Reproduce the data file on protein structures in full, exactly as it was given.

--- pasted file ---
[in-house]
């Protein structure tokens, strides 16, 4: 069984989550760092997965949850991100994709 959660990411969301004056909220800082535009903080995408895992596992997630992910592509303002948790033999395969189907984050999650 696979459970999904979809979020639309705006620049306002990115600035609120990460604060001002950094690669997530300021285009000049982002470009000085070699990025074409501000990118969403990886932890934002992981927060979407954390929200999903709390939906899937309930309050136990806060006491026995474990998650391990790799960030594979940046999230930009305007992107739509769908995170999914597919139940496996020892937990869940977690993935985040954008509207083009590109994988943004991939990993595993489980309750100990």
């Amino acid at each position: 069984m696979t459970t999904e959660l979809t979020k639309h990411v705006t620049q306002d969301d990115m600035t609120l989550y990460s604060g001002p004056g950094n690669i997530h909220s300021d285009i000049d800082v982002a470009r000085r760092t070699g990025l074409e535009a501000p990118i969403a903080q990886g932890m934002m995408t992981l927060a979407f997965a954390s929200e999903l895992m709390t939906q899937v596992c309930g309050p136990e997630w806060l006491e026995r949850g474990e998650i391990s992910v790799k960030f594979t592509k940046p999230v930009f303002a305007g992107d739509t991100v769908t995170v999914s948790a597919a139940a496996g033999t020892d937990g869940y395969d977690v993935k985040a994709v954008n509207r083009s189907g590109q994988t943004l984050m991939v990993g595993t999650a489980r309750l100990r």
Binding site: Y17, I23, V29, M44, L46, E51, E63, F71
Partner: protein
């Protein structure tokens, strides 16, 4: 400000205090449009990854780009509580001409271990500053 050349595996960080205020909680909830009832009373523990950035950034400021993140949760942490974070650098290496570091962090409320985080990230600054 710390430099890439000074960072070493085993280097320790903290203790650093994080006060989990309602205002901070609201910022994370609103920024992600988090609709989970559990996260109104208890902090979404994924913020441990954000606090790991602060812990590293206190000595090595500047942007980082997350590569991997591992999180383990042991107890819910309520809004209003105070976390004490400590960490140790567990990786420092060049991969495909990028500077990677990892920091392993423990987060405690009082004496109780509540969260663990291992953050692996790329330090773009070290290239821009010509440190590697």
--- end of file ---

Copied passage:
[in-house]
């Protein structure tokens, strides 16, 4: 069984989550760092997965949850991100994709 959660990411969301004056909220800082535009903080995408895992596992997630992910592509303002948790033999395969189907984050999650 696979459970999904979809979020639309705006620049306002990115600035609120990460604060001002950094690669997530300021285009000049982002470009000085070699990025074409501000990118969403990886932890934002992981927060979407954390929200999903709390939906899937309930309050136990806060006491026995474990998650391990790799960030594979940046999230930009305007992107739509769908995170999914597919139940496996020892937990869940977690993935985040954008509207083009590109994988943004991939990993595993489980309750100990």
């Amino acid at each position: 069984m696979t459970t999904e959660l979809t979020k639309h990411v705006t620049q306002d969301d990115m600035t609120l989550y990460s604060g001002p004056g950094n690669i997530h909220s300021d285009i000049d800082v982002a470009r000085r760092t070699g990025l074409e535009a501000p990118i969403a903080q990886g932890m934002m995408t992981l927060a979407f997965a954390s929200e999903l895992m709390t939906q899937v596992c309930g309050p136990e997630w806060l006491e026995r949850g474990e998650i391990s992910v790799k960030f594979t592509k940046p999230v930009f303002a305007g992107d739509t991100v769908t995170v999914s948790a597919a139940a496996g033999t020892d937990g869940y395969d977690v993935k985040a994709v954008n509207r083009s189907g590109q994988t943004l984050m991939v990993g595993t999650a489980r309750l100990r």
Binding site: Y17, I23, V29, M44, L46, E51, E63, F71
Partner: protein
């Protein structure tokens, strides 16, 4: 400000205090449009990854780009509580001409271990500053 050349595996960080205020909680909830009832009373523990950035950034400021993140949760942490974070650098290496570091962090409320985080990230600054 710390430099890439000074960072070493085993280097320790903290203790650093994080006060989990309602205002901070609201910022994370609103920024992600988090609709989970559990996260109104208890902090979404994924913020441990954000606090790991602060812990590293206190000595090595500047942007980082997350590569991997591992999180383990042991107890819910309520809004209003105070976390004490400590960490140790567990990786420092060049991969495909990028500077990677990892920091392993423990987060405690009082004496109780509540969260663990291992953050692996790329330090773009070290290239821009010509440190590697």